Showing Collections: 1 - 9 of 9
Abstract Cordelia Brown is an active member in the Lafayette Park high-rise residential neighborhood, which is part of the Mies van der Rohe Residential District in Detroit. She moved to Lafayette Park in 1961, and has since collected materials related to the neighborhood, some of which were included in an exhibit, Inside Lafayette Park, at Lafayette Park Retail in 2012. The Cordelia Brown Papers contains material related to Lafayette Park from 1961 to 2012. The materials, including newspaper clippings,...
Abstract Fred Hansen (1914-1964) was a construction superintendent for Darin & Armstrong, Inc., a construction firm that worked with famed architect Minoru Yamasaki. Hansen served as the superintendent on three of Yamasaki’s Detroit projects: the Reynolds Metals Regional Sales Headquarters for Southeastern Michigan, Benjamin Franklin Junior High School, and the Helen DeRoy Auditorium at Wayne State University. This collection consists of photographs, press releases and news clippings on...
Abstract Glen Calvin Moon is a nationally recognized architectural and environmental photographer whose images have been published in a variety of American architectural and design magazines and journals. As a Detroit-based photographer, Mr. Moon is particularly known for his documentation of the Detroit metropolitan area - its buildings, landscape, and urban design.The Glen Moon Photographs primarily document the architecture of many public and private structures and spaces in and around SE...
Abstract Minoru Yamasaki, (1912-1986), best known as the architect of the World Trade Center, New York City, was born into poverty as a second generation Japanese-American in Seattle, Washington. He put himself through the University of Washington and New York University to study architecture, worked in New York for several years, and eventually made his way to Detroit in 1945 where he established his home and his business. He eventually distinguished himself as one of the premier architects of the 20th...
Overview Preservation Wayne (PW), originally known as the Wayne State University Historical Preservation Association, emerged in 1975 as a student movement to protest the destruction of historic structures on the Wayne State University (WSU) campus and in the Cultural Center district. They were successful in saving a number of structures from demolition and securing historical designations for buildings and areas around campus. In 1988, with its membership diversifying outside the university community,...
Abstract Built in 1919, Orchestra Hall was the home for the Detroit Symphony Orchestra (DSO) until the financial pressures of the Depression forced the DSO to move to the Masonic Temple Theater. Renamed the Paradise Theater, the Hall remained a performance venue in Detroit until 1951 when the building was virtually abandoned. In 1970, Orchestra Hall was scheduled to be demolished when a group of local citizens, led by DSO bassoonist Paul Ganson, intervened. These concerned citizens formed Save Orchestra...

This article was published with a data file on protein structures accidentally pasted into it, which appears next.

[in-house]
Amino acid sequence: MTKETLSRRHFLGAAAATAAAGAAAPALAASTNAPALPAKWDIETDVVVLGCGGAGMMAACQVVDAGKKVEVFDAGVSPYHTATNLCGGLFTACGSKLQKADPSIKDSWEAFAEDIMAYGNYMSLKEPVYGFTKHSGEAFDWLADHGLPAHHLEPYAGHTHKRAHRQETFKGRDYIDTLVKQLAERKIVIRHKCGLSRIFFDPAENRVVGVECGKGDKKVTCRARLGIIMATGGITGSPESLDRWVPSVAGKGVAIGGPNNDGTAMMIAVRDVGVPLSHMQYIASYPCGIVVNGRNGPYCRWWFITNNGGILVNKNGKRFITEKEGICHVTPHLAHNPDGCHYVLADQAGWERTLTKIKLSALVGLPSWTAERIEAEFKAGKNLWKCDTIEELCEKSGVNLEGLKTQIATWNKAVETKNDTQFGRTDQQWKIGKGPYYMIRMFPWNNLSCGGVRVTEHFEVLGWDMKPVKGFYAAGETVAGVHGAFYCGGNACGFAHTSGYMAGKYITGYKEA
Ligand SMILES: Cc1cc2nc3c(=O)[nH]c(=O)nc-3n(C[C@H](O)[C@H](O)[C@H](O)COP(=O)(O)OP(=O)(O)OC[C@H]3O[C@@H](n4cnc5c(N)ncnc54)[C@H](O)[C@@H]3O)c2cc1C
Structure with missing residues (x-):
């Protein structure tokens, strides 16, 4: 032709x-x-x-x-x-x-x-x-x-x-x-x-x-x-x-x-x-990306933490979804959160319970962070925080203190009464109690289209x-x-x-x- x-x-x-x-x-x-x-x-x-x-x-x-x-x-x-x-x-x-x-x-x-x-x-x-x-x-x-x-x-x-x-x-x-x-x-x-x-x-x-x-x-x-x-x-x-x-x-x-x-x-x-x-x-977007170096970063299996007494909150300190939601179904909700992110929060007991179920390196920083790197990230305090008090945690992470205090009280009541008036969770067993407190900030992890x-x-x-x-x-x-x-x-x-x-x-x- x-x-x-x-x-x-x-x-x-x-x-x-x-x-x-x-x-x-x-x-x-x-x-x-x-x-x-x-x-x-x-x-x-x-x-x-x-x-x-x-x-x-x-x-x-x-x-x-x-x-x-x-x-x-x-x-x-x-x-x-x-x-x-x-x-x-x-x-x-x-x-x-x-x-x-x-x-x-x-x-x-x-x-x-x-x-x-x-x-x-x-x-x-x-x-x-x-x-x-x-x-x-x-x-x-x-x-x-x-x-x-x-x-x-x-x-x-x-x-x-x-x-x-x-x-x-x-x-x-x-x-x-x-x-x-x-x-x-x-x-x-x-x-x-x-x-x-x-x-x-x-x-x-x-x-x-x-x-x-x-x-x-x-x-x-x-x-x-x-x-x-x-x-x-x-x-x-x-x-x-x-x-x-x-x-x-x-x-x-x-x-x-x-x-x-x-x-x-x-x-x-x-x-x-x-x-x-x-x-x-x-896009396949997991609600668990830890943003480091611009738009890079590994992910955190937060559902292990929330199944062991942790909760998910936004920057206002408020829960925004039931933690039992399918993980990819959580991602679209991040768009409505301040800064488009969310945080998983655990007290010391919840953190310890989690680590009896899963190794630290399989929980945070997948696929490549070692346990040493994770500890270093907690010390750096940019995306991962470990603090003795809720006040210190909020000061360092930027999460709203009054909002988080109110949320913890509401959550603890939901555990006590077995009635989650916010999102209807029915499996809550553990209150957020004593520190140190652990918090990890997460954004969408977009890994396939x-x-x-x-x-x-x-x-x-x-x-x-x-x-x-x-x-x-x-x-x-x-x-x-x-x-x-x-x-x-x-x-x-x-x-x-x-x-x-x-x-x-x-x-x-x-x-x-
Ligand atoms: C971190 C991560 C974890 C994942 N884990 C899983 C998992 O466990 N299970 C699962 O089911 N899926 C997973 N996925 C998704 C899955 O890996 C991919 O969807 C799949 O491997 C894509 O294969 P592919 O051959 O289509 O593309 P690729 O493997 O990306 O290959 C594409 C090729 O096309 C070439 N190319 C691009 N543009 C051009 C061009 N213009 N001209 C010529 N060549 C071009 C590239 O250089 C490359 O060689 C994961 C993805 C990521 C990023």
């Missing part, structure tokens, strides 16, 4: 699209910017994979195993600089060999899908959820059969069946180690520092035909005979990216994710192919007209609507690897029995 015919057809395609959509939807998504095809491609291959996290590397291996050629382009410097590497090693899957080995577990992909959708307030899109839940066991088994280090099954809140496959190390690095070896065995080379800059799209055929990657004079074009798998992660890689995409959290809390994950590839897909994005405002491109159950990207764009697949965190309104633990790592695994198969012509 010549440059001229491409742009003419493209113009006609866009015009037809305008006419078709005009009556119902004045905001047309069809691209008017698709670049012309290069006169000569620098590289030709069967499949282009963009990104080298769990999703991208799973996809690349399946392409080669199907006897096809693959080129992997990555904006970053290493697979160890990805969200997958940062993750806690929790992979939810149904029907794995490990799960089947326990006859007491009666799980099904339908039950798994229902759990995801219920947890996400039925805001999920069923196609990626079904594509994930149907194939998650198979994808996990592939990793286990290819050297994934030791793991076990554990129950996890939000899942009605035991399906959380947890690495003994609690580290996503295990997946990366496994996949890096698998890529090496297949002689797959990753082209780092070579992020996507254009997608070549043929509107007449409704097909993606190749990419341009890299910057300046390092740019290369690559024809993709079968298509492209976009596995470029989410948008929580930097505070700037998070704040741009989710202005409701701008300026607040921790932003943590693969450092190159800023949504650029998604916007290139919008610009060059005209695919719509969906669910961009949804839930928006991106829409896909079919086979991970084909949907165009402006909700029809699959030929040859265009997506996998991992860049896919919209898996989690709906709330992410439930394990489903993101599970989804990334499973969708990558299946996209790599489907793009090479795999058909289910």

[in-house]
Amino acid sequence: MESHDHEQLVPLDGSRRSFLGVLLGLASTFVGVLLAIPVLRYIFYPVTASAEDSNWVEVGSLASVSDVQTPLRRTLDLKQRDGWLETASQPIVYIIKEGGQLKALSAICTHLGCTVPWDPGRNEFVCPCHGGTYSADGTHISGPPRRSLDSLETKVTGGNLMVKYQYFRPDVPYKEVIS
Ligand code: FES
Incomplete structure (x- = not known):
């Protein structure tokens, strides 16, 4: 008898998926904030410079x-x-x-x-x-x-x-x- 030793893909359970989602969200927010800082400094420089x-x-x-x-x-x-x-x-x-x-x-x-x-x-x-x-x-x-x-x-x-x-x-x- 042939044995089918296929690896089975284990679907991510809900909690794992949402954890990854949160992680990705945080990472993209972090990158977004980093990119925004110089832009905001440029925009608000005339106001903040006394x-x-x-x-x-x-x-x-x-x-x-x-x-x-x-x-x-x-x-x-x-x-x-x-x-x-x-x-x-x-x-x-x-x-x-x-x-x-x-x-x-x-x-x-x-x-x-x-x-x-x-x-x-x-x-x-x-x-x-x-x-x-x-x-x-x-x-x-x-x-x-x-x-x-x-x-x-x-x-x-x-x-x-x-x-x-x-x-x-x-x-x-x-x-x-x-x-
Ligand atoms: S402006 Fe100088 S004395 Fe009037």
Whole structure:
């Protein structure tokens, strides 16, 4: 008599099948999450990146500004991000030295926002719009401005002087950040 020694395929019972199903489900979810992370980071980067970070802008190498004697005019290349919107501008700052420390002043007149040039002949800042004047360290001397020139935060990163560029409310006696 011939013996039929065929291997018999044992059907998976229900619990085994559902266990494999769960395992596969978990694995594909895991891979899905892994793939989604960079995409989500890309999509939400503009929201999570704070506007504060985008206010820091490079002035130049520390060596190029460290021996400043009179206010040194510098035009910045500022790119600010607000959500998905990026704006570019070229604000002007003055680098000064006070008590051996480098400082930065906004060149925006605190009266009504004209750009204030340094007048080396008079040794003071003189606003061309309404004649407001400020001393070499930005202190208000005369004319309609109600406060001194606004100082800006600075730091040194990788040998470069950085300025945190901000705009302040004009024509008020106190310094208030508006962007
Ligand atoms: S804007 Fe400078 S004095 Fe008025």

Abstract The University Relations Division dates back to the early days of the university and reflects the activities of WSU's public relations offices. Undergoing several name changes (Community Relations), reporting structures, and unit services, it maintained a focus on communication and interpretation of the university's work both internal and external to the university. By 1961, photography had become a major facet of public awareness programs. Sixteen years later as part of the Media Services and...
Abstract "The Collegian," the student-run newspaper of Detroit Junior College at Central High, published its first edition on March 6, 1918. At first a semi-monthly paper that printed mostly literary works, by 1922 the paper had become a weekly publication and its focus shifted to news. The paper changed its name in 1924 to "The Detroit Collegian," which reflected the school’s name change to the College of the City of Detroit. The paper underwent three further name changes: in 1953, the name changed to...
Overview William Hanna worked for the city of Detroit. During the course of the work day and on his free time, Hanna would capture events in the city that he personally found interesting or of importance. The photographs in his collection consist of black and white snapshots of the building of the Fort St. County Building and the changing river front, and color snapshots of buildings, streets, and people during the civil unrest in Detroit in 1967.
- Subject: Buildings--Detroit (Mich.) X